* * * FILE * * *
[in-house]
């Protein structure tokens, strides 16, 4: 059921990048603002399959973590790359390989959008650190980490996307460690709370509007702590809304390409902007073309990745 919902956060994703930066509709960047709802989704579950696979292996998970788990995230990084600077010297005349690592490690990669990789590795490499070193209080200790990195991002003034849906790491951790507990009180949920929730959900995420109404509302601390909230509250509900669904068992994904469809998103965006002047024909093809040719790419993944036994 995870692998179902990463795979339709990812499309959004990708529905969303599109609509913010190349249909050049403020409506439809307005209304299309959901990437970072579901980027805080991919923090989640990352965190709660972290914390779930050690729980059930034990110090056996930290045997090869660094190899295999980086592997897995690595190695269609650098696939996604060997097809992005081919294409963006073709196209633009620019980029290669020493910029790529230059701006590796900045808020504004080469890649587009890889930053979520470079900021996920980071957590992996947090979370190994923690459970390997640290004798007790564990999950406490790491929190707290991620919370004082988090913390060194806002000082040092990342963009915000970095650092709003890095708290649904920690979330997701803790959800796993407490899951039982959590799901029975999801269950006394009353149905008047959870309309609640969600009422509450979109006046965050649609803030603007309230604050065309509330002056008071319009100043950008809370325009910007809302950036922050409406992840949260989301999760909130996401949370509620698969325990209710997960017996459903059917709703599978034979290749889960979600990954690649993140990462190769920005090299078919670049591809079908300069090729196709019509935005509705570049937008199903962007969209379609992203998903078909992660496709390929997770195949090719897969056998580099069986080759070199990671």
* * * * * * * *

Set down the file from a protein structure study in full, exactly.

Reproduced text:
[in-house]
């Protein structure tokens, strides 16, 4: 059921990048603002399959973590790359390989959008650190980490996307460690709370509007702590809304390409902007073309990745 919902956060994703930066509709960047709802989704579950696979292996998970788990995230990084600077010297005349690592490690990669990789590795490499070193209080200790990195991002003034849906790491951790507990009180949920929730959900995420109404509302601390909230509250509900669904068992994904469809998103965006002047024909093809040719790419993944036994 995870692998179902990463795979339709990812499309959004990708529905969303599109609509913010190349249909050049403020409506439809307005209304299309959901990437970072579901980027805080991919923090989640990352965190709660972290914390779930050690729980059930034990110090056996930290045997090869660094190899295999980086592997897995690595190695269609650098696939996604060997097809992005081919294409963006073709196209633009620019980029290669020493910029790529230059701006590796900045808020504004080469890649587009890889930053979520470079900021996920980071957590992996947090979370190994923690459970390997640290004798007790564990999950406490790491929190707290991620919370004082988090913390060194806002000082040092990342963009915000970095650092709003890095708290649904920690979330997701803790959800796993407490899951039982959590799901029975999801269950006394009353149905008047959870309309609640969600009422509450979109006046965050649609803030603007309230604050065309509330002056008071319009100043950008809370325009910007809302950036922050409406992840949260989301999760909130996401949370509620698969325990209710997960017996459903059917709703599978034979290749889960979600990954690649993140990462190769920005090299078919670049591809079908300069090729196709019509935005509705570049937008199903962007969209379609992203998903078909992660496709390929997770195949090719897969056998580099069986080759070199990671």